Elvis “live” Hologram Las Vegas Show in the Works: Jamie Salter, the branding guru who owns a majority of Elvis’ estate, is planning a “live” show in Las Vegas with Presley appearing as a hologram. The Elvis Presley show still continues with Elvis boasting 12.4 million “likes” on Facebook and 187,000 followers on Twitter and the recently released a duet with Barbra Streisand. Never mind that he died in 1977.
And that’s just the beginning for the King of Rock ’n’ Roll and ot…her long-dead celebrities. Reviving a corpse from a cryogenic deep freeze is still the stuff of science but every other promotional possibility is on the table. The Elvis “live” show in Las Vegas with Presley appearing as a hologram will be much like the one of Michael Jackson that appeared at a show in Sin City earlier this year. Pinup queen Bettie Page, managed by dead-celeb superagent Mark Roesler, is slated for a holographic burlesque herself.
Today, deceased icons from pop culture’s heyday are enjoying unprecedented success, out-earning even their former flesh-and-blood selves, says Salter, one of the new breed of brand managers using technology to wring big bucks from superstars otherwise resting in peace (or so we hope).
These late luminaries are profitable in part because they first captivated fans in a pre-Internet age of truly mass media, dominating the popular imagination in ways few contemporaries can match, Salter says Even better, they aren’t able to create the sort of mischief that bedeviled their handlers back in the day, potentially damaging their brand in the bargain. They can no longer lapse into drug-induced comas in hotel rooms (Elvis), assault girlfriends with vodka bottles (Jimi Hendrix) or set themselves on fire while freebasing (Richard Pryor). “They can’t get pulled over for drunk driving, their reputations are intact.”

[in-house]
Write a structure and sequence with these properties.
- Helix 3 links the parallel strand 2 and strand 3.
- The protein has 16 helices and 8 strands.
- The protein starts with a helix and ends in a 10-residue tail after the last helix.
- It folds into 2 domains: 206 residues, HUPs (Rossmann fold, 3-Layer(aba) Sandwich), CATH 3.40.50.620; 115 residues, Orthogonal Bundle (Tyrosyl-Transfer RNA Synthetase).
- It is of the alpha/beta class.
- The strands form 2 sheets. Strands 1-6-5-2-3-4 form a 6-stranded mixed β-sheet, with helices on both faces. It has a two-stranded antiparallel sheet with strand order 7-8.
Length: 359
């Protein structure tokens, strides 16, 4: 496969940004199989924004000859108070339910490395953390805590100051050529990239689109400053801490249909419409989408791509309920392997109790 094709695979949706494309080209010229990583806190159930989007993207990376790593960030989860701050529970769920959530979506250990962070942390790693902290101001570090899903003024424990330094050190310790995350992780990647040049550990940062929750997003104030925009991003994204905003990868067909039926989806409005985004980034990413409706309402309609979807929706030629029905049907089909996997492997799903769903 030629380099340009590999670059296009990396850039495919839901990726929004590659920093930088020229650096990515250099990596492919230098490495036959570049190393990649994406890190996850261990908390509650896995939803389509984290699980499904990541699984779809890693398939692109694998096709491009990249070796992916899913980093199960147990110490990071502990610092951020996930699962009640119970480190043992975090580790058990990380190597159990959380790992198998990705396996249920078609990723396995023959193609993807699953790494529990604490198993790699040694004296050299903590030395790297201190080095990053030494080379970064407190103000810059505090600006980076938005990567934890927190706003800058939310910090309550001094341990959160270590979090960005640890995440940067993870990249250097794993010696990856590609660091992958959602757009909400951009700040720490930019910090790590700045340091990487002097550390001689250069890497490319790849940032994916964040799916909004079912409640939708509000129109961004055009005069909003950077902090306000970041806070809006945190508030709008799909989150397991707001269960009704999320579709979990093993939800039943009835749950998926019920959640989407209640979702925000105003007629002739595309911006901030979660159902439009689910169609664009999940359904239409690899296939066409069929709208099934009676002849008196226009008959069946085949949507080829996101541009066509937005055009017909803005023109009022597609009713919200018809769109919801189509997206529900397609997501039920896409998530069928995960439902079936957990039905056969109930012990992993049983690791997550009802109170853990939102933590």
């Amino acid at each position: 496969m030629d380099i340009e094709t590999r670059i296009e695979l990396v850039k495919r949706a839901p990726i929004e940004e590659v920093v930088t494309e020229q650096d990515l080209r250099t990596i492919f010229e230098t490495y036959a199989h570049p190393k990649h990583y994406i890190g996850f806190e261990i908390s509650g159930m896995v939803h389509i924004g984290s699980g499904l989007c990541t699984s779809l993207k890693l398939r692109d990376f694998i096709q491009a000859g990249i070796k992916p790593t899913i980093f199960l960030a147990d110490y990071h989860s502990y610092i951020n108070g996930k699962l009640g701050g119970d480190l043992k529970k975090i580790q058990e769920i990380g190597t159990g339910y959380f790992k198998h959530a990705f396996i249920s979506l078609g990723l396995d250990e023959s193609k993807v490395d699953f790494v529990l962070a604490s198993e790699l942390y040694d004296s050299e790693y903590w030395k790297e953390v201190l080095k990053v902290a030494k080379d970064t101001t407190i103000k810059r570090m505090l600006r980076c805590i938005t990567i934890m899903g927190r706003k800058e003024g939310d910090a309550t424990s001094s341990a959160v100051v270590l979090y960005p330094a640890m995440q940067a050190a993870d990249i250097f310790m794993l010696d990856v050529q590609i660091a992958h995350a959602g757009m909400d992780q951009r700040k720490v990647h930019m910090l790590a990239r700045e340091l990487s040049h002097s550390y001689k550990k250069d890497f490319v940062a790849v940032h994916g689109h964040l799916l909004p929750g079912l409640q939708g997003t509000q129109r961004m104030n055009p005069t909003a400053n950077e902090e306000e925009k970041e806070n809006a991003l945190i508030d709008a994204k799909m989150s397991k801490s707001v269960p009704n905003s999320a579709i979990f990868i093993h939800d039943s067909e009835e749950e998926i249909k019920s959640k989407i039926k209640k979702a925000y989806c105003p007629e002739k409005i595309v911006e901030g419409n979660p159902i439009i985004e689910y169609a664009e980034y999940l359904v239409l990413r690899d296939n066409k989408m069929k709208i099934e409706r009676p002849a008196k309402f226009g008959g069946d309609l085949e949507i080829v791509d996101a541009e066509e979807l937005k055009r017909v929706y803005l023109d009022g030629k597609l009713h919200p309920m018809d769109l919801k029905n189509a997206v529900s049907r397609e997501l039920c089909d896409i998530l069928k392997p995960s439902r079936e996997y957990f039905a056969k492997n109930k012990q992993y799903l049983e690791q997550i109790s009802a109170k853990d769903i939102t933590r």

Model Kate Moss, by contrast, can still embarrass sponsor Burberry Group Plc (BRBY) by appearing to snort cocaine on the cover of a British tabloid. Bets on the dead have lately paid off big.
Salter bought the Elvis estate, including Graceland and the rights to the singer’s image and music, from Core Media Group Inc. in November 2013. Salter’s New York–based Authentic Brands Group LLC expects profits to rise by 25 percent this year thanks to Elvis-themed bathrobes, calendars, cookie jars, cuff links, luggage, Christmas-tree toppers and, oh yeah, music.
“We bought Elvis at the right time,” Salter says. “None of the kids listen to his music, but look at how they’re dressing, and their flipped-up haircuts.” For a page ripped straight from Presley’s pompadour playbook, just Google Justin Bieber’s latest coif.
so why bother with actual people celebs at all?
it never occurs it is that we care about the person that we want to know about their life, good or bad
unfortunately, we love our celebs to death